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Isolate Israelis and their apartheid



I am thankful that Likud’s Benjamin Netanyahu won Tuesday’s elections in Israel. It is the same sense of gratitude that washed over anti-apartheid activists all over the world on August 15 1985 after PW Botha delivered his infamous Rubicon speech. By the time die Ou Krokodil left the Durban City Hall, the world finally accepted the grim reality that apartheid could not be reformed, it needed to end. It was, according to a Herman Giliomee article, “the day that apartheid started dying”.

Bibi Netanyahu’s successful election campaign has included numerous Rubicon speeches of his own. In an interview with Israeli news site NRG the day before Israelis went to the polls, Netanyahu was asked: “If you are prime minister, a Palestinian state will not be established?” “Indeed,” he replied.

His terse one-word response stripped off Israel’s mask of an earnest peace partner making painful concessions. Feigned global shock followed.

I say feigned because nobody has ever truly believed that Likudniks (dominant, or part of, every Israeli government since 1977) ever went into any peace talks in the last two decades to actually negotiate with the Palestinians.

But, as long as the “process”continued, the international community – including the post-apartheid South African government – could keep the boycott calls at bay, and soothe their conscience with the whimsical peace process.

At least now, thanks to Netanyahu, there will be no more “negotiations: with Israel pretending that it will agree to a two-state illusion, while escalating settlement building, furthering the occupation of the West Bank and intensifying the siege on Gaza.

This also makes things a bit awkward for the US. How can it continue to veto anti-settlement resolutions at the UN Security Council if the Israeli prime minister’s position is that Palestinian statehood is not an option.

Realising this, Netanyahu has already flip-flopped on his statements but the US remains unimpressed, and will “re-assess” its relationship with Israel.

The real upshot of Netanyahu’s victory is that the world can finally see that Israel has never been a partner for negotiations, peace or solutions, and the boycott, divestment and sanctions (BDS) movement was and is a necessary response.

None of this would have been possible without the Israeli public that voted for Netanyahu and other hardline nationalist, religious and ultra-Orthodox Jewish right-wing parties with whom he will form a coalition government. Israelis have long been warned that they are faced with two choices: either end the occupation, or cease to be a democracy. Has the Israeli public now made its choice?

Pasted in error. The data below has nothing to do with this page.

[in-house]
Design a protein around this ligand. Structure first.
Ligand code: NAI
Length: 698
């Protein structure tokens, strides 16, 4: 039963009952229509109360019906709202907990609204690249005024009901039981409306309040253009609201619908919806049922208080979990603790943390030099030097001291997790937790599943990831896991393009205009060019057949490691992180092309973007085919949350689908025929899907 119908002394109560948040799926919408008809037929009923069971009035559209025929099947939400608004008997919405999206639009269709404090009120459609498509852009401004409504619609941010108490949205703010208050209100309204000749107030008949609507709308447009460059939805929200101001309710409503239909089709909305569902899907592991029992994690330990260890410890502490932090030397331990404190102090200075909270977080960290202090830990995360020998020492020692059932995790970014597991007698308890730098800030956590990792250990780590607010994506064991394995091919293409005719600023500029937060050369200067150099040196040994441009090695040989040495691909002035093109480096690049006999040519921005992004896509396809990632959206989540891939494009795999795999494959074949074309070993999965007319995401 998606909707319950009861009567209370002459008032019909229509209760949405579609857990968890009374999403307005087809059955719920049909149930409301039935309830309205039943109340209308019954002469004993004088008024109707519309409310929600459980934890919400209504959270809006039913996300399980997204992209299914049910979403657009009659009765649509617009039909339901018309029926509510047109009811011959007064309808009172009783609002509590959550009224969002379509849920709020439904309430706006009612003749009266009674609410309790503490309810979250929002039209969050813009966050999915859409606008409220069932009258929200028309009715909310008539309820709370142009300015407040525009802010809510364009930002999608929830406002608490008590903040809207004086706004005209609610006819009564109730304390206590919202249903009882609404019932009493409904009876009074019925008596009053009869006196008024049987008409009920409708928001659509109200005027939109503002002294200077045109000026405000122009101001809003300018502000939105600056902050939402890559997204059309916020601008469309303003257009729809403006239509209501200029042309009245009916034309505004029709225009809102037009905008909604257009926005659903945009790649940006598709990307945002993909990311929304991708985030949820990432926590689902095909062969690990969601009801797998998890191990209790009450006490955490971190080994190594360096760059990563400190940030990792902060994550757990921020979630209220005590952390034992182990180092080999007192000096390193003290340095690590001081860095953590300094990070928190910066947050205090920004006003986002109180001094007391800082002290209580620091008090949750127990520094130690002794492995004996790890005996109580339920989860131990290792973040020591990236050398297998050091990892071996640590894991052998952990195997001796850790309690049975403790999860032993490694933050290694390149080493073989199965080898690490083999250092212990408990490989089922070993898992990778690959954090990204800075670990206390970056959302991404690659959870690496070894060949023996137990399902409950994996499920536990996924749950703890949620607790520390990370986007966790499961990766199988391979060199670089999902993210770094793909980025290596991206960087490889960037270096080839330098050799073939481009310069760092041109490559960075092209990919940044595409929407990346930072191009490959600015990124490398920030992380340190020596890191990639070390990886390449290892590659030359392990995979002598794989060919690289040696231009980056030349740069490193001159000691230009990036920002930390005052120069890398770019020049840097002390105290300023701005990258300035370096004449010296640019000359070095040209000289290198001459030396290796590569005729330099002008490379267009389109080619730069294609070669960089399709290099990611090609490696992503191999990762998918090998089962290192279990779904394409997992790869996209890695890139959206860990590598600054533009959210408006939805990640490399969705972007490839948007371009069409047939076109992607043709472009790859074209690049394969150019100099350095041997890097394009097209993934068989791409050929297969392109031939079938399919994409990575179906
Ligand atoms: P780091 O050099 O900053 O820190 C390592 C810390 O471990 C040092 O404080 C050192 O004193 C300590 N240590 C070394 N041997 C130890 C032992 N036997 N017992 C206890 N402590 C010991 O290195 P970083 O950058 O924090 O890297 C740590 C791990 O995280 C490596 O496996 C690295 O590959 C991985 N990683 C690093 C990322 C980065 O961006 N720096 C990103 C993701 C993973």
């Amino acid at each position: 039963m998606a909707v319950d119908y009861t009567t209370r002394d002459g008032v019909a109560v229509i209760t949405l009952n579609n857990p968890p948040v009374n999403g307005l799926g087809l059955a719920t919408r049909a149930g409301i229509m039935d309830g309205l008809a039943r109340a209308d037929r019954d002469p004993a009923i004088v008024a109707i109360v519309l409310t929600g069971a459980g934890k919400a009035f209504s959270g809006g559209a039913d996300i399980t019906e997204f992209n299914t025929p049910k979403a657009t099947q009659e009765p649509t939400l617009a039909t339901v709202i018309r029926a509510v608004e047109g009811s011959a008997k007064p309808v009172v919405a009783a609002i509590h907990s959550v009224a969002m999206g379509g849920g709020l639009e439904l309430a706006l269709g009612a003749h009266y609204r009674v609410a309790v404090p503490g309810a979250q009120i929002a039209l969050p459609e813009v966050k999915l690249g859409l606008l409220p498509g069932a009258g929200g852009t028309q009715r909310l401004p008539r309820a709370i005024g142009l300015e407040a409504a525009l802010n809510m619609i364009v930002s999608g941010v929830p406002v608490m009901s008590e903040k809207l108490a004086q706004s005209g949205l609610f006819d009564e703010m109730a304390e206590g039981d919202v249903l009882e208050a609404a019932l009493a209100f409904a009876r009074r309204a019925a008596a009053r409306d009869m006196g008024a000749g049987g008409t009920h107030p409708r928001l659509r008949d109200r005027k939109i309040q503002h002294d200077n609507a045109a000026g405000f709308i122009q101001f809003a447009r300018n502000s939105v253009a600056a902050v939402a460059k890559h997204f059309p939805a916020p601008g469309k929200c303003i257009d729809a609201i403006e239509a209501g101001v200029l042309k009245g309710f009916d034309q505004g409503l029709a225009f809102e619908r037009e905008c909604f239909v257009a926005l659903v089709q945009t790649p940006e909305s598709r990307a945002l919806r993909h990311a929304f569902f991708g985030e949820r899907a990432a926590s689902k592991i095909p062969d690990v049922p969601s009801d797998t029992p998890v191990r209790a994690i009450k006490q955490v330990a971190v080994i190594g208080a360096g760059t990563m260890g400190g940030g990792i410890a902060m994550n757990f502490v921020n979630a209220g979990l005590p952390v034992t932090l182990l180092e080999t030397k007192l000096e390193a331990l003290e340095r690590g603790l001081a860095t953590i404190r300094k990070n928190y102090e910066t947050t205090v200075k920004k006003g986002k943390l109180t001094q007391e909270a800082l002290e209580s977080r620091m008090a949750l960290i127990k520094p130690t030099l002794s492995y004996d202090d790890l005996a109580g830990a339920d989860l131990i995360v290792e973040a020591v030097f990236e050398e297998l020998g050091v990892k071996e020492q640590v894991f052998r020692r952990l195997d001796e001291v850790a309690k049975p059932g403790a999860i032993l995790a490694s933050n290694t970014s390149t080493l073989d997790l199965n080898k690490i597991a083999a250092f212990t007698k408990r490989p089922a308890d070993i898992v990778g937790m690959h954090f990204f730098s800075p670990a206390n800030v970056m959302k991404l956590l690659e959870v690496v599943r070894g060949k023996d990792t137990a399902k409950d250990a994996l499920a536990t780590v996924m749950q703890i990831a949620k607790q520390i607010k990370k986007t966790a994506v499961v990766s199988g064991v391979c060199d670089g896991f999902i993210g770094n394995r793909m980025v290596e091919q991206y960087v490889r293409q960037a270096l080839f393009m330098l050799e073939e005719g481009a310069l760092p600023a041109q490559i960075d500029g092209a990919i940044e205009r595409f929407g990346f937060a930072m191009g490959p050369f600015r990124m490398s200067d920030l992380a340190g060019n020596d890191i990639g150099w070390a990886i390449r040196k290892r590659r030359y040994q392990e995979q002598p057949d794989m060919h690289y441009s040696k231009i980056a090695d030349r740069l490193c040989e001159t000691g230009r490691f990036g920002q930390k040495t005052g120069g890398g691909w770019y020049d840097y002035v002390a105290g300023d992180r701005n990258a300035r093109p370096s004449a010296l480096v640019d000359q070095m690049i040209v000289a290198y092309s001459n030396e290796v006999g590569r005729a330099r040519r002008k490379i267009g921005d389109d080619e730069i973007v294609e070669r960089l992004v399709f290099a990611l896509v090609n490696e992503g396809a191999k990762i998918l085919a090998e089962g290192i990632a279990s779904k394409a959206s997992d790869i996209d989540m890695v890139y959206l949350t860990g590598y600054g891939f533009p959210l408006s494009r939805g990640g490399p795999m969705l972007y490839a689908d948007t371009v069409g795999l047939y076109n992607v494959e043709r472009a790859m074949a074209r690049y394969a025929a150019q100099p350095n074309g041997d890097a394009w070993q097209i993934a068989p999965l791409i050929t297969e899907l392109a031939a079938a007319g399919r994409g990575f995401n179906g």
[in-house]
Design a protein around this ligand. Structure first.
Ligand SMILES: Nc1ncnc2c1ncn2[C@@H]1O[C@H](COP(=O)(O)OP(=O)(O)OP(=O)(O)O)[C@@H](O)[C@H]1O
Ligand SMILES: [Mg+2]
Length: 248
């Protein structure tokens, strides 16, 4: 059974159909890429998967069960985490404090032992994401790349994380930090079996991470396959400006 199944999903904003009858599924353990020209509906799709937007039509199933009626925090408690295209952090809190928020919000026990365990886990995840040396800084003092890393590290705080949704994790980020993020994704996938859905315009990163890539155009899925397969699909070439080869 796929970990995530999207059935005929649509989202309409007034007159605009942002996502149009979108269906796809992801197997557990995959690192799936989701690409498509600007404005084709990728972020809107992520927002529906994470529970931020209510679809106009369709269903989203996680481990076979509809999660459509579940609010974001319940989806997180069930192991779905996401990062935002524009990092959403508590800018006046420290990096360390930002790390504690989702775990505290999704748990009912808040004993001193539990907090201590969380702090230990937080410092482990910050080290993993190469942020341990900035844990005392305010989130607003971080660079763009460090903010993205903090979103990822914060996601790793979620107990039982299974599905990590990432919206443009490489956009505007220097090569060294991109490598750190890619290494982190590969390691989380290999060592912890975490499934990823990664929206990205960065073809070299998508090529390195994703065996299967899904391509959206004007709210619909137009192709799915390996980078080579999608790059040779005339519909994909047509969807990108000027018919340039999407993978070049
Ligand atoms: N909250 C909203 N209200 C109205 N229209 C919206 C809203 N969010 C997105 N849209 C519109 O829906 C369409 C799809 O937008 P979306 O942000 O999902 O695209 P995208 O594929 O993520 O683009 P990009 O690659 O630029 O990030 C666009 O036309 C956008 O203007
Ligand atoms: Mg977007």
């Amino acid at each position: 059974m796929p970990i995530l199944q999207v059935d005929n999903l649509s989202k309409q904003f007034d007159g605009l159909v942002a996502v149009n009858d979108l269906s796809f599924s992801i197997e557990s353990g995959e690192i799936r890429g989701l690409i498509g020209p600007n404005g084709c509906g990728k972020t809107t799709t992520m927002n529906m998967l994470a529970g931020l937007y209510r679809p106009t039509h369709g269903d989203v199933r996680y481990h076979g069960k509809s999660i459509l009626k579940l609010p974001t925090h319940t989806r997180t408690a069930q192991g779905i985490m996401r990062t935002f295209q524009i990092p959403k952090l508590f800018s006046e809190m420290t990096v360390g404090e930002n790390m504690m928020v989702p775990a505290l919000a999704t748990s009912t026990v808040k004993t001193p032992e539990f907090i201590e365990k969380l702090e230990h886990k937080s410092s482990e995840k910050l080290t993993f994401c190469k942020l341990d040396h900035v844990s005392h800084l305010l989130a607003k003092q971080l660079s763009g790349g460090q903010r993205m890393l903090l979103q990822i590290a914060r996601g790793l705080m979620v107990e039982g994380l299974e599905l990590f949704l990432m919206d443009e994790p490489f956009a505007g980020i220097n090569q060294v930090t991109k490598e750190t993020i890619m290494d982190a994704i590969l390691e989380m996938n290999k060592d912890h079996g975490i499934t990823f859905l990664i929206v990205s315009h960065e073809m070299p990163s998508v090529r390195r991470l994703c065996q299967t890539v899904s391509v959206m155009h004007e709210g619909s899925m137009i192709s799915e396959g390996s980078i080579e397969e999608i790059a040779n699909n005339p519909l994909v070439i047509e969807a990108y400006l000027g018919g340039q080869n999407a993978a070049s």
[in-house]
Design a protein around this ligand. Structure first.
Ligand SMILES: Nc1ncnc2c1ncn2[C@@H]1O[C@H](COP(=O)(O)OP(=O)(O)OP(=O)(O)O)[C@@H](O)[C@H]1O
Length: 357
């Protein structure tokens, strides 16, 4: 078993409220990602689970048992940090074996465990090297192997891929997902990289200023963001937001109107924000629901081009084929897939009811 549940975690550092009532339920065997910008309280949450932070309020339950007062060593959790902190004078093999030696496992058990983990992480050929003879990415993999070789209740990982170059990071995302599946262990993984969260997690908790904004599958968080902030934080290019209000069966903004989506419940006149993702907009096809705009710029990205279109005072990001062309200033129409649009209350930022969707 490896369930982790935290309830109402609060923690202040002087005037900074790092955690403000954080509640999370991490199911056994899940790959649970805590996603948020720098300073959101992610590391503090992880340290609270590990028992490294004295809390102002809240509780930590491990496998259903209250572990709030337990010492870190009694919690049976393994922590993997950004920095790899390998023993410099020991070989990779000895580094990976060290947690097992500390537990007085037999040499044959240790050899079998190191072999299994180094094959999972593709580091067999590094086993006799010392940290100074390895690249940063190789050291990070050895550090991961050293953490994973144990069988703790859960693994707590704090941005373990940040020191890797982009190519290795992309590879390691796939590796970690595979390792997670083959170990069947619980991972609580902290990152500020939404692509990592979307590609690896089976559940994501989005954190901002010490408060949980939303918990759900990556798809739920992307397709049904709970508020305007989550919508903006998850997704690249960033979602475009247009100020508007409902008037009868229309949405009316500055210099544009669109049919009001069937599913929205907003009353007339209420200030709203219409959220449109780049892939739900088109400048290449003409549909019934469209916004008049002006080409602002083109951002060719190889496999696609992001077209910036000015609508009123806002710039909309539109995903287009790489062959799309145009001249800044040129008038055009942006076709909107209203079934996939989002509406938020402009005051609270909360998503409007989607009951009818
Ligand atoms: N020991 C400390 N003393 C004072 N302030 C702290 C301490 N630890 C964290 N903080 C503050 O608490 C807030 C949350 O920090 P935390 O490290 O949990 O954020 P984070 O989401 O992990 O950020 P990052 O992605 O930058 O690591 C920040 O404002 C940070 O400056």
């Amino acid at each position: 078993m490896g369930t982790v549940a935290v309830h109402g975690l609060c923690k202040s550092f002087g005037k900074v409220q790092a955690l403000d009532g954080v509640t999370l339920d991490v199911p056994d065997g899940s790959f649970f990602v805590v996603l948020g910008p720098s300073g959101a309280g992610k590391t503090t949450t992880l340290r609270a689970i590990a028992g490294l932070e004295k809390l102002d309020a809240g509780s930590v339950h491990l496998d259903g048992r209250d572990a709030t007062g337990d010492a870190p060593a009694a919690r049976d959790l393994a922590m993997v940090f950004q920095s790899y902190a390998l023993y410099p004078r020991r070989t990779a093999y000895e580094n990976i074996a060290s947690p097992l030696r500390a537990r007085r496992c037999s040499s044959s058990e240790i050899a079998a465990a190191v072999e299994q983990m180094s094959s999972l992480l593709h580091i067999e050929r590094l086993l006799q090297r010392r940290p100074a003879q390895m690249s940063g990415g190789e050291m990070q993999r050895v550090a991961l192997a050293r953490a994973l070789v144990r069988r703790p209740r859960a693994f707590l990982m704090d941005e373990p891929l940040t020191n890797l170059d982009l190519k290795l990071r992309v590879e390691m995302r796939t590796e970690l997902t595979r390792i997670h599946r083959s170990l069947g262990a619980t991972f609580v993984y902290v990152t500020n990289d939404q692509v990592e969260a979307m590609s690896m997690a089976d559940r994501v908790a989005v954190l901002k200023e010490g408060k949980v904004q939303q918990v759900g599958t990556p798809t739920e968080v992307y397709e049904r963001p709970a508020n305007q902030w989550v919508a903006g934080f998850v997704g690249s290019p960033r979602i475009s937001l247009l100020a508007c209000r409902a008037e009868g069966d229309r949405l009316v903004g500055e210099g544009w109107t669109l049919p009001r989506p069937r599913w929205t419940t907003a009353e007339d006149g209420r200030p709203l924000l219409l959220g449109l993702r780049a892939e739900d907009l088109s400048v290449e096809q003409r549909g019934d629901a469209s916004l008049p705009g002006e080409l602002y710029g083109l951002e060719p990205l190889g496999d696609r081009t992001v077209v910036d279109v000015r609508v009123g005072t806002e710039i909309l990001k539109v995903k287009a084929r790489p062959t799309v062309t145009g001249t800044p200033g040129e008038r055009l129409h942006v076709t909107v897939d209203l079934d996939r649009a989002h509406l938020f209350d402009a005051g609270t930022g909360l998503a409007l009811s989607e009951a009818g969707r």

Analyst Ali Abunimah wrote that Netanyahu’s re-election is like the “nutrition facts” label on junk food: it reveals the toxic ingredients inside. The most right-wing government in Israeli history is currently being assembled in this poisonous environment.

So, what do Palestinians make of the election? On Wednesday, they vowed to step up their diplomatic campaign for statehood. “We say clearly that we will go to the International Criminal Court in The Hague and we will speed up, pursue and intensify all diplomatic efforts”, chief Palestinian negotiator, Saeb Erakat told AFP.

According to Haaretz, Hamas official Ismail Radwan said on Tuesday that Netanyahu’s victory and statements should persuade Palestinian President Mahmoud Abbas to abandon negotiations with Israel altogether.

Would the peace process still be on track if the rival Zionist Union, headed by Isaac Herzog, had won? Not really. Herzog’s justifications for doing the same thing were softer and more palatable in the Western world. Netanyahu says it clearly and openly; Herzog and his coalition partners shrewdly hinted at it. Neither has any real intention to end the occupation.

“Netanyahu deserves the Israeli people, and they deserve him,” mocked Gideon Levy in Haaretz on Wednesday. But what about the 4 million people in the West Bank, East Jerusalem and Gaza who did not vote for him, or any other Israeli government that has controlled their lives for the last 47 years?

Surely they deserve more than voting in internal elections for the corrupt PA, which wields the same amount of power as, say, the Johannesburg municipality?

For the fourth time now, Israel has said “yes” to Netanyahu – the man who promised he’d never make peace. The Israeli people have spoken, and their choice is occupation and apartheid.

The world must respond with isolation.

Written by: Suraya Dadoo

Researcher, Media Review Network

*This article first appeared in The Sunday Independent on March 22, 2015.

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